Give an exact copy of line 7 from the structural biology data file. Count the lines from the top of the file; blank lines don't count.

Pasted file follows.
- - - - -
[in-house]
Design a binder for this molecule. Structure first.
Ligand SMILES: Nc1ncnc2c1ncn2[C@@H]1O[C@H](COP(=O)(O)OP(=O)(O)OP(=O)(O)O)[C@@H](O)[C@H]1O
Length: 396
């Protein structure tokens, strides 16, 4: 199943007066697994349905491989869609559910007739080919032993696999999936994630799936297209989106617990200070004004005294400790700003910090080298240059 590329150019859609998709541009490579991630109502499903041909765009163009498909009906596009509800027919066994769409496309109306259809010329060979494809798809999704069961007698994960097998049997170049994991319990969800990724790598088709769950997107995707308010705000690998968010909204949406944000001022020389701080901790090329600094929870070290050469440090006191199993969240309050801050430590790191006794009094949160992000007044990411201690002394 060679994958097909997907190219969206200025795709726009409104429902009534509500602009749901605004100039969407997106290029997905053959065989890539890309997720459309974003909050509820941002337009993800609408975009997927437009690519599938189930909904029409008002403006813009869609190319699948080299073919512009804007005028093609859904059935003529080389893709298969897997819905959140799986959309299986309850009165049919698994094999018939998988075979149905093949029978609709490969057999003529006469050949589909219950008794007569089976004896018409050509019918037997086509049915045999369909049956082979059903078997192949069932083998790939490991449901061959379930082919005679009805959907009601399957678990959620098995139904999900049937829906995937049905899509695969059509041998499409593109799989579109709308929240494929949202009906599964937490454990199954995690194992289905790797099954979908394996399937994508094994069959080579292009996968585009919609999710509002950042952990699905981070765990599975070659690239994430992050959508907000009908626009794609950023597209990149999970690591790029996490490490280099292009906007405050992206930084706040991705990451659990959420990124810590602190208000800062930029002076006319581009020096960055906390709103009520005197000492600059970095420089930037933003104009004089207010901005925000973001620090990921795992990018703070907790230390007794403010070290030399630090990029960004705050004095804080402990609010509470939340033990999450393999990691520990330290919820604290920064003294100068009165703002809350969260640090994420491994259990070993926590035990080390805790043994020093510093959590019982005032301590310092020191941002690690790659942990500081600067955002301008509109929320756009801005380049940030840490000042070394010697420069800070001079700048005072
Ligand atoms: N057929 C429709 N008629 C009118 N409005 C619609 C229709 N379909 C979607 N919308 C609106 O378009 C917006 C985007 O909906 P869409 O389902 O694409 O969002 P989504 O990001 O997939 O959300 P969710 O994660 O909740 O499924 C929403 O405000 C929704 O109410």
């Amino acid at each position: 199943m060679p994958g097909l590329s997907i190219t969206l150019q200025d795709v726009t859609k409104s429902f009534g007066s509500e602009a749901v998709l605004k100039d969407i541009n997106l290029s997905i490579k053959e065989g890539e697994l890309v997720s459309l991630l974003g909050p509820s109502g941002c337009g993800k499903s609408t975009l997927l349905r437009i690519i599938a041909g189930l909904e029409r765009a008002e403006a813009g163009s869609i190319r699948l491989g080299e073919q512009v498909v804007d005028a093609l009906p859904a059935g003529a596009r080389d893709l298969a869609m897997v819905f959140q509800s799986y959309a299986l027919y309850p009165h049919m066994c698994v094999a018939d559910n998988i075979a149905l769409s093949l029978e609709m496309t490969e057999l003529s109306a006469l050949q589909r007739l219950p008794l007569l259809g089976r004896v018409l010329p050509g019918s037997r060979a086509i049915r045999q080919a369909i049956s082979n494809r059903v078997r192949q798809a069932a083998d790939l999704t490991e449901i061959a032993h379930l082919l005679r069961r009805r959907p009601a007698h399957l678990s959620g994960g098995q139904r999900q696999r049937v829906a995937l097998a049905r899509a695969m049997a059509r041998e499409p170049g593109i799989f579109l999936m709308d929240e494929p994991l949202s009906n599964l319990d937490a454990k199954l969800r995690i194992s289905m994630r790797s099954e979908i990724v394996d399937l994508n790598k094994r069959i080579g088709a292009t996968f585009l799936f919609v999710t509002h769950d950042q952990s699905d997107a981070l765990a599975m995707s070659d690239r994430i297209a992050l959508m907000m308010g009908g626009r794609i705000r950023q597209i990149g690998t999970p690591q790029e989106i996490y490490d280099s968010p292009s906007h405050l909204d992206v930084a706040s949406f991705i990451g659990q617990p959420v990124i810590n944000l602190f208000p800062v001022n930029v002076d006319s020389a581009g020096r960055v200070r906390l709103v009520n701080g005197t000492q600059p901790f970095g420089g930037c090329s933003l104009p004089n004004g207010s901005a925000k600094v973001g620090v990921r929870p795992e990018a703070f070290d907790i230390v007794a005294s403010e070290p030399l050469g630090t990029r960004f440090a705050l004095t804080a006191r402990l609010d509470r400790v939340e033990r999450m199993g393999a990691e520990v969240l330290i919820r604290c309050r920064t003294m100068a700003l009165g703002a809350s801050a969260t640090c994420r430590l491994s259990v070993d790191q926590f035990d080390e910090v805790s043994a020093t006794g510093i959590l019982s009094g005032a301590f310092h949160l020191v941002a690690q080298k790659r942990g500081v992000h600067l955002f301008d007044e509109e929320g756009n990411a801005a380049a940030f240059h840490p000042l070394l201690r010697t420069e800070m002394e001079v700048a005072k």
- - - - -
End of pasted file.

């Amino acid at each position: 199943m060679p994958g097909l590329s997907i190219t969206l150019q200025d795709v726009t859609k409104s429902f009534g007066s509500e602009a749901v998709l605004k100039d969407i541009n997106l290029s997905i490579k053959e065989g890539e697994l890309v997720s459309l991630l974003g909050p509820s109502g941002c337009g993800k499903s609408t975009l997927l349905r437009i690519i599938a041909g189930l909904e029409r765009a008002e403006a813009g163009s869609i190319r699948l491989g080299e073919q512009v498909v804007d005028a093609l009906p859904a059935g003529a596009r080389d893709l298969a869609m897997v819905f959140q509800s799986y959309a299986l027919y309850p009165h049919m066994c698994v094999a018939d559910n998988i075979a149905l769409s093949l029978e609709m496309t490969e057999l003529s109306a006469l050949q589909r007739l219950p008794l007569l259809g089976r004896v018409l010329p050509g019918s037997r060979a086509i049915r045999q080919a369909i049956s082979n494809r059903v078997r192949q798809a069932a083998d790939l999704t490991e449901i061959a032993h379930l082919l005679r069961r009805r959907p009601a007698h399957l678990s959620g994960g098995q139904r999900q696999r049937v829906a995937l097998a049905r899509a695969m049997a059509r041998e499409p170049g593109i799989f579109l999936m709308d929240e494929p994991l949202s009906n599964l319990d937490a454990k199954l969800r995690i194992s289905m994630r790797s099954e979908i990724v394996d399937l994508n790598k094994r069959i080579g088709a292009t996968f585009l799936f919609v999710t509002h769950d950042q952990s699905d997107a981070l765990a599975m995707s070659d690239r994430i297209a992050l959508m907000m308010g009908g626009r794609i705000r950023q597209i990149g690998t999970p690591q790029e989106i996490y490490d280099s968010p292009s906007h405050l909204d992206v930084a706040s949406f991705i990451g659990q617990p959420v990124i810590n944000l602190f208000p800062v001022n930029v002076d006319s020389a581009g020096r960055v200070r906390l709103v009520n701080g005197t000492q600059p901790f970095g420089g930037c090329s933003l104009p004089n004004g207010s901005a925000k600094v973001g620090v990921r929870p795992e990018a703070f070290d907790i230390v007794a005294s403010e070290p030399l050469g630090t990029r960004f440090a705050l004095t804080a006191r402990l609010d509470r400790v939340e033990r999450m199993g393999a990691e520990v969240l330290i919820r604290c309050r920064t003294m100068a700003l009165g703002a809350s801050a969260t640090c994420r430590l491994s259990v070993d790191q926590f035990d080390e910090v805790s043994a020093t006794g510093i959590l019982s009094g005032a301590f310092h949160l020191v941002a690690q080298k790659r942990g500081v992000h600067l955002f301008d007044e509109e929320g756009n990411a801005a380049a940030f240059h840490p000042l070394l201690r010697t420069e800070m002394e001079v700048a005072k």